• Enemy of the People

    Munich circa 1920. In "Enemy of the People: The Munich Post and the Journalists Who Opposed Hitler," journalist Terrence Petty ’74 takes a closer look at the years that preceded the Third Reich. “As a journalist, I was trying to understand how different the news media landscape was in the 1920s and 1930s,” Petty says. “And I wanted to understand how a democracy failed.” (Photo: Kohl-Illustration/Alamy Stock Photo) Journalists write “the first rough draft of history,” says a well-worn truth. Reporting and rapping out some of those first drafts was the day-to-day for alumnus Terrence Petty, Class of 1974, as an Associated Press correspondent based in Germany during the dramatic political shifts of the late 1980s. From the fall of the Berlin Wall to democratic revolutions in Eastern European countries such as Hungary and Czechoslovakia, Petty says there was a distinct adrenaline rush to covering the breaking news in that time and place." In his recent book, journalist Terrence Petty ’74 takes a closer look at the years that preceded the Third Reich. “I was trying to understand how different the news media landscape was in the 1920s and 1930s, and . . . understand how a democracy failed,” Petty says. Read More.

  • Buchanan collage

    WORLD WAR II RECONSIDERED

    Andrew Buchanan’s new book World War II in Global Perspective, 1931-1953: A Short History invites us to view the war in a broader context than the 1939-1945 period usually recognized as the chronological boundaries of the conflict.

  • Sarah Osten

    BEARING WITNESS 

    Associate Professor of History Sarah Osten spent a week in Texas volunteering as a translator for newly arrived families in the U.S. A Latin American scholar, she developed a whole new perspective on the challenges faced by immigrants seeking asylum.

  • Manuscript

    Discovery Alters Views on Life of St. Francis of Assisi

    The race to share a medieval manuscript's secrets with the world.

  • Cree Country

UVM history students develop flexible minds and sophisticated world views.

The word "history," Greek in origin, means "learning through inquiry," and that is precisely what our professors of history and their students do. At UVM the study of history is much more than memorizing dates, names, battles and treaties. Together, students and faculty discover and interpret the past by asking questions and conducting research. In the process, students become prepared to meet the challenges of a constantly changing and increasingly complex world. Learn about studying history at UVM.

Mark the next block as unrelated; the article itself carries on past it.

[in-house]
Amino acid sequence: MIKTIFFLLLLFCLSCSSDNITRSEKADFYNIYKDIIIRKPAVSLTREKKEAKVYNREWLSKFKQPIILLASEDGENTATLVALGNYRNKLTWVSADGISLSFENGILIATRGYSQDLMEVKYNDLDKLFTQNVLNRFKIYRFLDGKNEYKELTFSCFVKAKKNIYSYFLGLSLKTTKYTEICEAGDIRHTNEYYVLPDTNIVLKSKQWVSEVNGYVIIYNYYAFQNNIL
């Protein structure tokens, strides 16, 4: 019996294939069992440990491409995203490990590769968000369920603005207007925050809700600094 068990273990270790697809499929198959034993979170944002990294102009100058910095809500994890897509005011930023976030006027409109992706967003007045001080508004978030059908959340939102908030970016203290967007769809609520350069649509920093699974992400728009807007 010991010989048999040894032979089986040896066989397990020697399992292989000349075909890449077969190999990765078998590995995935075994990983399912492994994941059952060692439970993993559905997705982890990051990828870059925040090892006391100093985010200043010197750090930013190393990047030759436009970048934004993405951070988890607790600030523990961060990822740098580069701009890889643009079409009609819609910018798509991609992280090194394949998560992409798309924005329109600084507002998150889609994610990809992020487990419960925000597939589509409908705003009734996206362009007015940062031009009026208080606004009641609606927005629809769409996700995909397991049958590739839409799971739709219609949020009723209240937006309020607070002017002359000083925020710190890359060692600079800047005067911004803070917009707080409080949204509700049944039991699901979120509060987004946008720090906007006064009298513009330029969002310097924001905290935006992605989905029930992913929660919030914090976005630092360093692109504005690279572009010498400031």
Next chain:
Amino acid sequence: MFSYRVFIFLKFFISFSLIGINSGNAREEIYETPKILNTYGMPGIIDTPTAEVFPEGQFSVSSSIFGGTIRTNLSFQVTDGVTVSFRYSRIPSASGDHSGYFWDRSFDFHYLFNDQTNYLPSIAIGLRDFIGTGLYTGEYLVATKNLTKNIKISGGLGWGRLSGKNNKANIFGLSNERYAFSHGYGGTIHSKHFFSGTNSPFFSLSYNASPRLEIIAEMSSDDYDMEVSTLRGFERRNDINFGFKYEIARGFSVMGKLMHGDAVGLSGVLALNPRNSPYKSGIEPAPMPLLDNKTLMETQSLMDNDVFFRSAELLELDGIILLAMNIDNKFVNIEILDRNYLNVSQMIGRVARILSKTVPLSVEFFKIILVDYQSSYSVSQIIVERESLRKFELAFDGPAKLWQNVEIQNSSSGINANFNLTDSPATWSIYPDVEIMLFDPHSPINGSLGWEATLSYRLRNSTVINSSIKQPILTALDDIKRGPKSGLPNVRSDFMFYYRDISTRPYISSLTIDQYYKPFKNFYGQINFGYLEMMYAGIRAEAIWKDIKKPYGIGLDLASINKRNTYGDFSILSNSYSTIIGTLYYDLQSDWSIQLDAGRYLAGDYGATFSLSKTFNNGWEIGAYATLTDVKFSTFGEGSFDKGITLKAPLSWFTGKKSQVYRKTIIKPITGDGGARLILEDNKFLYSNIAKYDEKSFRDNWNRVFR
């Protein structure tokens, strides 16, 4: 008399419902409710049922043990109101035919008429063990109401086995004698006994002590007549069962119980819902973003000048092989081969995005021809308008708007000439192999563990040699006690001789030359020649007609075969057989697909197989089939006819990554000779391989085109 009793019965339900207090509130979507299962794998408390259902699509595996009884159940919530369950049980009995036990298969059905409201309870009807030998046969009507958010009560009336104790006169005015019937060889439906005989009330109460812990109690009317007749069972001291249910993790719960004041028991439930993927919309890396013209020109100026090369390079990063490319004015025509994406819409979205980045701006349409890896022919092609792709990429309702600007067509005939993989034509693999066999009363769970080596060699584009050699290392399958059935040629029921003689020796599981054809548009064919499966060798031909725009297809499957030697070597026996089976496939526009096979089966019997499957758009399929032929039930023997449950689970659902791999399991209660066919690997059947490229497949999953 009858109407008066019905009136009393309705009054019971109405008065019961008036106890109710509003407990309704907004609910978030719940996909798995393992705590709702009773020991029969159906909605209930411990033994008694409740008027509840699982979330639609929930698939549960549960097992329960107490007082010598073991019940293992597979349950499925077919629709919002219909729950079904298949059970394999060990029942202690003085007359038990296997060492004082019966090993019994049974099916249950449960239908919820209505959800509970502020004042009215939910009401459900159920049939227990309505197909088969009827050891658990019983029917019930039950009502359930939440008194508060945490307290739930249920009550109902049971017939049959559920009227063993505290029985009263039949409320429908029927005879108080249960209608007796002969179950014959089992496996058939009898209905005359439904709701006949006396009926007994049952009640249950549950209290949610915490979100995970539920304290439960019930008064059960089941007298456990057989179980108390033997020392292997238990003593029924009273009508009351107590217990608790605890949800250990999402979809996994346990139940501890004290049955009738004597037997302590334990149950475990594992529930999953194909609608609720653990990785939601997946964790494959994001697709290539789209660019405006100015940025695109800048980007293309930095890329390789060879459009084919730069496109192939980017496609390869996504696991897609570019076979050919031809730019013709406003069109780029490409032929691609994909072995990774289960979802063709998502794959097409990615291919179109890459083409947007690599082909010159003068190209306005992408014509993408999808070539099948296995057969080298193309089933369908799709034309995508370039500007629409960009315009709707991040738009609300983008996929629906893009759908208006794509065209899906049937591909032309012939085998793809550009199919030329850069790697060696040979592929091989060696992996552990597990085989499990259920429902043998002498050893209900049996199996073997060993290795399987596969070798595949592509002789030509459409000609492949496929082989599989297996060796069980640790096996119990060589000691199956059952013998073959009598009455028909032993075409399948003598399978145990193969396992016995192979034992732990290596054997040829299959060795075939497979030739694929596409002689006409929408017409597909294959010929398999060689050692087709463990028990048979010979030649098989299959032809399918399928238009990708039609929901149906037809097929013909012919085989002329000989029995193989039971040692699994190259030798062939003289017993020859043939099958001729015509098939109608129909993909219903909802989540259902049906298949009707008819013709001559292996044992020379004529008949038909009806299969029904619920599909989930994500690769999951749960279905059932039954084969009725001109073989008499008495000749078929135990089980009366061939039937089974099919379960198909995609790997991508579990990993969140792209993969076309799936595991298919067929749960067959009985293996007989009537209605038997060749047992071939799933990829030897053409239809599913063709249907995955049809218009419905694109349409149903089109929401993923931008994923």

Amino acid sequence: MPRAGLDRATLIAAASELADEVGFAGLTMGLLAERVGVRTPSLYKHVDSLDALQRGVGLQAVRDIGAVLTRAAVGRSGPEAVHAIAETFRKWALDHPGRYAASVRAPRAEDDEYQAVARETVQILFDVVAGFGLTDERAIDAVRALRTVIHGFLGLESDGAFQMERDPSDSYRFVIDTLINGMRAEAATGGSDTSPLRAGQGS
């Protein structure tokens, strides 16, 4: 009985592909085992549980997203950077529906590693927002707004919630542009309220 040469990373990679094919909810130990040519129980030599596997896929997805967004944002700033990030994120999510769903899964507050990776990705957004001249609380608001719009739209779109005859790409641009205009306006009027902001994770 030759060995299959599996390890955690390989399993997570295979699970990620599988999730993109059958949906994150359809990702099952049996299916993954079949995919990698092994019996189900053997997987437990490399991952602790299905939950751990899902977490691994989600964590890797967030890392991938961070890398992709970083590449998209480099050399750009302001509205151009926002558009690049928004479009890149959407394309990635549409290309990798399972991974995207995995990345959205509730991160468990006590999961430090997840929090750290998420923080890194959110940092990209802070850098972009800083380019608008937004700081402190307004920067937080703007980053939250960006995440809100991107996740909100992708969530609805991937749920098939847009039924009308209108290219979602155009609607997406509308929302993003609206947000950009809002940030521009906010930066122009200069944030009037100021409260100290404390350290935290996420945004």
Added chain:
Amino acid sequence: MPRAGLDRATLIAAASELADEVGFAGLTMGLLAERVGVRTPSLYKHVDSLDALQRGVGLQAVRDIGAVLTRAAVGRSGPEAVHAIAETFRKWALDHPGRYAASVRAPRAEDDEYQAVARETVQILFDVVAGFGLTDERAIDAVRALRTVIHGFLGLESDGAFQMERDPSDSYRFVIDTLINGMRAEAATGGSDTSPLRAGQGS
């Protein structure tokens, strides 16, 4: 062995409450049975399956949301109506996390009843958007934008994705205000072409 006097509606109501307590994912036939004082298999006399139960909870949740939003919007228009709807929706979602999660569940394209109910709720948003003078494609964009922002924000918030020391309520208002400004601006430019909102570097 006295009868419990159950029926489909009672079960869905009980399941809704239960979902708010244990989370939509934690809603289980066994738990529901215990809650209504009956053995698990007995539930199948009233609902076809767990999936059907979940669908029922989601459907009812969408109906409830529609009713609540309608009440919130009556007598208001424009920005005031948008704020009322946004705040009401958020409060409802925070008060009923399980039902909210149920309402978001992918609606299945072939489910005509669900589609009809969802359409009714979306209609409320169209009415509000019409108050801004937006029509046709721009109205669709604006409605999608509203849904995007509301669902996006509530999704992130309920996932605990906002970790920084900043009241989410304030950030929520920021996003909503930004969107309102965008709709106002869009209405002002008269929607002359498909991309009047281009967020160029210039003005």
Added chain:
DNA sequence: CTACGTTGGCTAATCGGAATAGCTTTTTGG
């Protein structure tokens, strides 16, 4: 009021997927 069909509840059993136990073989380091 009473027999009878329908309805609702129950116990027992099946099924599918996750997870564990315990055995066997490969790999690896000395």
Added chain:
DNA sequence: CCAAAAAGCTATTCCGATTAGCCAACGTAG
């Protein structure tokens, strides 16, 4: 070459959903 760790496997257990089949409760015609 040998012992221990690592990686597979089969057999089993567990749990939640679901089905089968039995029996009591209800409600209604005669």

Admitted Student Visit Day:

PODCAST: Department Overview with Chair Paul Deslandes

VIDEO: Why Study History at UVM? (YouTube)

A community of scholars and teachers

Virtually every faculty member in our department has won or been nominated for one of the university's awards for excellence in teaching. We’re equally proud of the fact that we are a community of scholars involved in the active pursuit of historical understanding. Every member of the history faculty is a published author—as scholar-teachers we are committed to sharing our love of history and our search for historical insight with you.

Meet our professors

Students of distinction

Not all students who enroll in our classes are history majors—and many who are history majors don’t plan on teaching history or becoming professional historians. What all of our students share is a passion for history and a desire to use its study as a means of deepening their insight into the human condition, sharpening their analytical skills, and improving their ability to express their insights clearly. They have chosen history as their main avenue toward a well-rounded education.

B.A. in history

Ready for any career

Two UVM graduates from the department of history have won Pulitzer Prizes, one for journalism, the other for literature. The study of history prepares a student for the dynamics of business, law, government, or nonprofit careers. Historical knowledge provides details of past experience with which to test the feasibility of new solutions. It supports critical thinking, analysis, and clear communication—critical skills in any field.

Internships

Career information